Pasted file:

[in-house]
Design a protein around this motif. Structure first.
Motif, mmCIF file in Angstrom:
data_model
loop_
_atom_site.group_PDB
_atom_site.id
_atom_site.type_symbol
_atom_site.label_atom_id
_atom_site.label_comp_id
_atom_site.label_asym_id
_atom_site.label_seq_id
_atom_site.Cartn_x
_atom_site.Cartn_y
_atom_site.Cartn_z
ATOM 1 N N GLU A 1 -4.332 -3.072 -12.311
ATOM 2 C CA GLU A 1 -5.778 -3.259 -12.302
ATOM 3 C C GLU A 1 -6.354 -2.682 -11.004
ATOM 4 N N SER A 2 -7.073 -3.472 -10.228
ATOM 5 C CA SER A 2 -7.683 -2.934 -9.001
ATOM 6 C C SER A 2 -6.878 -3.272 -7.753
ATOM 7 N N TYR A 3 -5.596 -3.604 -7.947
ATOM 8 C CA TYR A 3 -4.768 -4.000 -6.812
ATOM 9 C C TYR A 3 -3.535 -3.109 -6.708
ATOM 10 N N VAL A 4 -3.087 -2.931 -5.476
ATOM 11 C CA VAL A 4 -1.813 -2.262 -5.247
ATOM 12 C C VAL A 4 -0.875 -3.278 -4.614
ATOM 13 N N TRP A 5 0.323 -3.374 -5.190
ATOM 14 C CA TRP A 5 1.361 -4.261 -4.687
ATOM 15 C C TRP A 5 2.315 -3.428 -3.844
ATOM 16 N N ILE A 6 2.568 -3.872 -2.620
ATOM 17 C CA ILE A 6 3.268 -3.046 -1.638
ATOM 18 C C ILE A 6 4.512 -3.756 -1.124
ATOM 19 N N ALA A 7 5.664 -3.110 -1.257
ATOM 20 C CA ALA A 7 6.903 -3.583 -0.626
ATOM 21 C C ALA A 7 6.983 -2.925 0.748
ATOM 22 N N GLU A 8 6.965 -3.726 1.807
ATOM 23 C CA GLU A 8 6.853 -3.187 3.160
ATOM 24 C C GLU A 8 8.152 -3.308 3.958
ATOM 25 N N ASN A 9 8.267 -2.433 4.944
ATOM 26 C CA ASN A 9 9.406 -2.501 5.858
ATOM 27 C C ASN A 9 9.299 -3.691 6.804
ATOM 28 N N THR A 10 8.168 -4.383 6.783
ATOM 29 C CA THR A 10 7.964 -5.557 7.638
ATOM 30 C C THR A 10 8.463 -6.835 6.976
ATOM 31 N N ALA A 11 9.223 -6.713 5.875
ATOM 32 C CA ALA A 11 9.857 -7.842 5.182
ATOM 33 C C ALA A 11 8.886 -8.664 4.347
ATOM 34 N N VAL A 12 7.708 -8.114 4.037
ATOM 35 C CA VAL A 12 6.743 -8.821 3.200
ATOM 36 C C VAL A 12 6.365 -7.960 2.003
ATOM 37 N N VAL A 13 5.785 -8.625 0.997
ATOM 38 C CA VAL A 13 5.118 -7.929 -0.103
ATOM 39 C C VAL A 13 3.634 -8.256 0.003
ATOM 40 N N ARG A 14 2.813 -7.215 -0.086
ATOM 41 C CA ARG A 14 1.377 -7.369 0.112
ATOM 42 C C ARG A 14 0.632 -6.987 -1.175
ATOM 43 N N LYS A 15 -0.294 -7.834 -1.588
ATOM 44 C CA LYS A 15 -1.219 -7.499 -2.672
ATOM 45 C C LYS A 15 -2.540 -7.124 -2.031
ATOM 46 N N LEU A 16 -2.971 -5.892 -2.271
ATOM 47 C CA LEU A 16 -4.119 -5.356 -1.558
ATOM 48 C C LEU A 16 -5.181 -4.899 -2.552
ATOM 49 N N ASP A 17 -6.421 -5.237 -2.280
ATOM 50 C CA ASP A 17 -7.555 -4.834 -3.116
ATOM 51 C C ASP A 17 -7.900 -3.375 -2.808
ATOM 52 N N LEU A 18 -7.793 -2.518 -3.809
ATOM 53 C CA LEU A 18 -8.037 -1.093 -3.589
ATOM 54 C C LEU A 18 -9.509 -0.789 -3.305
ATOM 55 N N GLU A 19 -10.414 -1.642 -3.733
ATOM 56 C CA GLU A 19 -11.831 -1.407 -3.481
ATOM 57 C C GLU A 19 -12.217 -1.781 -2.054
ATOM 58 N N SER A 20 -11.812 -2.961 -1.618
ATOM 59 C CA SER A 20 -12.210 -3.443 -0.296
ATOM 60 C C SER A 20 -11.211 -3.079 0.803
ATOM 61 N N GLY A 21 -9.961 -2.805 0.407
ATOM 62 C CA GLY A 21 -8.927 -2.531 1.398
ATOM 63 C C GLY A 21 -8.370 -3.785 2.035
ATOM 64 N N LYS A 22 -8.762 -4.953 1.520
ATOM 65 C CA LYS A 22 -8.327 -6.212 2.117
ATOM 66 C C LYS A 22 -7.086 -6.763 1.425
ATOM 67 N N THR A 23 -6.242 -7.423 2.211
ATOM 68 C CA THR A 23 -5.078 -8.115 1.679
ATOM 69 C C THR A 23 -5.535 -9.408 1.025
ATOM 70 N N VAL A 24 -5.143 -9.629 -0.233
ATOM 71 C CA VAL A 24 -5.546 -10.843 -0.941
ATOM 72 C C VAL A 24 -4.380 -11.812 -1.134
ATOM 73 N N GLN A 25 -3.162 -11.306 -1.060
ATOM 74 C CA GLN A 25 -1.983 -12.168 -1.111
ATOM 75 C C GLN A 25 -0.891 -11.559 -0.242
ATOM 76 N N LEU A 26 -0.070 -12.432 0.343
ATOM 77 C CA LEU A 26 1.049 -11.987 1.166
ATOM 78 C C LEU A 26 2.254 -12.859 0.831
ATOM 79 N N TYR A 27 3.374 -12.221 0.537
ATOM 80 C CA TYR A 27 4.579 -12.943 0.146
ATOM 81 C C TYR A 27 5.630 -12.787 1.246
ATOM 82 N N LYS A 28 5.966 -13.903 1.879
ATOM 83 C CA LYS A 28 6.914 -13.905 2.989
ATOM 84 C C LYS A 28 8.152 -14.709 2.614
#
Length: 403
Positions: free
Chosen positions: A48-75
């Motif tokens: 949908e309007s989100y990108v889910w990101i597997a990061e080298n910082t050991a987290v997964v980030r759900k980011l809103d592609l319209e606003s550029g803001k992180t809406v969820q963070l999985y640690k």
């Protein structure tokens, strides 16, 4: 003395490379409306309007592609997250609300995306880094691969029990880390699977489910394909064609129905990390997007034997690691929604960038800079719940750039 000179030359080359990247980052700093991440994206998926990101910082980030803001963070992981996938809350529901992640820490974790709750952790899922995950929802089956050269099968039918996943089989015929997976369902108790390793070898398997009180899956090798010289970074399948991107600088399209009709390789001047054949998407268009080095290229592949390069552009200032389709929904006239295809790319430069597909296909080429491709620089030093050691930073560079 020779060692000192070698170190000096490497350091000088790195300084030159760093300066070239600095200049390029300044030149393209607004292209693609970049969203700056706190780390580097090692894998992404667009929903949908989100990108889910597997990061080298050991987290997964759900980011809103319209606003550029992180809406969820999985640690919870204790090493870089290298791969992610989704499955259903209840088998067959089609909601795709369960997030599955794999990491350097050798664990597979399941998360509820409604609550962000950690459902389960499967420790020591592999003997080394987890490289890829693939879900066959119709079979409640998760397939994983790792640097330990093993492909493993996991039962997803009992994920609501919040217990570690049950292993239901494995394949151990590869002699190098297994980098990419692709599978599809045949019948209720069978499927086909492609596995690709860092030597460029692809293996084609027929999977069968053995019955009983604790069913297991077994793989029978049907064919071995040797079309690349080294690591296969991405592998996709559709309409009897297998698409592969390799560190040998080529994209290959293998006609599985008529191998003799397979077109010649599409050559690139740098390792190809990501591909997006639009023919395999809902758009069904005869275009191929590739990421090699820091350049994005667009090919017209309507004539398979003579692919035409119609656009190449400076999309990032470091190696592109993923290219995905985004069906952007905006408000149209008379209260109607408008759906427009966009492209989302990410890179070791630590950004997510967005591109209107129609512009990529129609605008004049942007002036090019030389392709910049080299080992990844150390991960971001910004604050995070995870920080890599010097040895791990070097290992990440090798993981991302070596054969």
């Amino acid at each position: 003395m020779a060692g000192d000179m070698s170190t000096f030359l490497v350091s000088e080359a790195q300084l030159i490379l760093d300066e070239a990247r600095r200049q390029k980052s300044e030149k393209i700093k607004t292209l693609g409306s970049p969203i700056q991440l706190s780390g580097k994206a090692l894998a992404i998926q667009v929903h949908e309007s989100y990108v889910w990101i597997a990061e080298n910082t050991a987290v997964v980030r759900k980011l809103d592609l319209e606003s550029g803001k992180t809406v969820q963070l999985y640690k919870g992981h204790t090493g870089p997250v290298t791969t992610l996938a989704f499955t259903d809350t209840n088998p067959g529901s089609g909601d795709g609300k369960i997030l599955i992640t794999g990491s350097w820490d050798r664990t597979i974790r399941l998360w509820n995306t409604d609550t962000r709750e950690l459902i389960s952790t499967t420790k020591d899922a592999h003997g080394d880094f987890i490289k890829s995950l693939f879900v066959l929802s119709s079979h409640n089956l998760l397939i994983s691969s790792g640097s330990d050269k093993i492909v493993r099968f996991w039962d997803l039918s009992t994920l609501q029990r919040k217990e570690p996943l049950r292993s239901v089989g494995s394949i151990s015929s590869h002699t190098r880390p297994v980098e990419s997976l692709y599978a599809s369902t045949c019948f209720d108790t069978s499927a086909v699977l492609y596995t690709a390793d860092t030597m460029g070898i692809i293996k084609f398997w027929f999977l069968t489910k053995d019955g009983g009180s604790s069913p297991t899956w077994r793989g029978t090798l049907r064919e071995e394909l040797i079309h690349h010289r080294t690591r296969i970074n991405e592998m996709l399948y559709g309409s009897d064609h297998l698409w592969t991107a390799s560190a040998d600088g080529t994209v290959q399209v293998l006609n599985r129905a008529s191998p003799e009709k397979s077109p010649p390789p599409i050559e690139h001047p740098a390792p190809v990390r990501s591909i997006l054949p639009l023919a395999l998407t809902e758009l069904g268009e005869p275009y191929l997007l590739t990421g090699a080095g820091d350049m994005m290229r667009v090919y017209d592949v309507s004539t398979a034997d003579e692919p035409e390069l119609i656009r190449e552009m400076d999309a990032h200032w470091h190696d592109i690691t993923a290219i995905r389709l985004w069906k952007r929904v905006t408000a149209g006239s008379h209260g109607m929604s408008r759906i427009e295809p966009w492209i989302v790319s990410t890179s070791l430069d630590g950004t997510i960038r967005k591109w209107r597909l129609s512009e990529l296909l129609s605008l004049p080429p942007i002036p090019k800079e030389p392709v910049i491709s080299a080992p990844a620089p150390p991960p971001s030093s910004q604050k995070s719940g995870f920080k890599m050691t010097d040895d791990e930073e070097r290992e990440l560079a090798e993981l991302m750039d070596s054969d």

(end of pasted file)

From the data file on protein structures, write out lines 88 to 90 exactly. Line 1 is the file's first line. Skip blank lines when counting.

ATOM 73 N N GLN A 25 -3.162 -11.306 -1.060
ATOM 74 C CA GLN A 25 -1.983 -12.168 -1.111
ATOM 75 C C GLN A 25 -0.891 -11.559 -0.242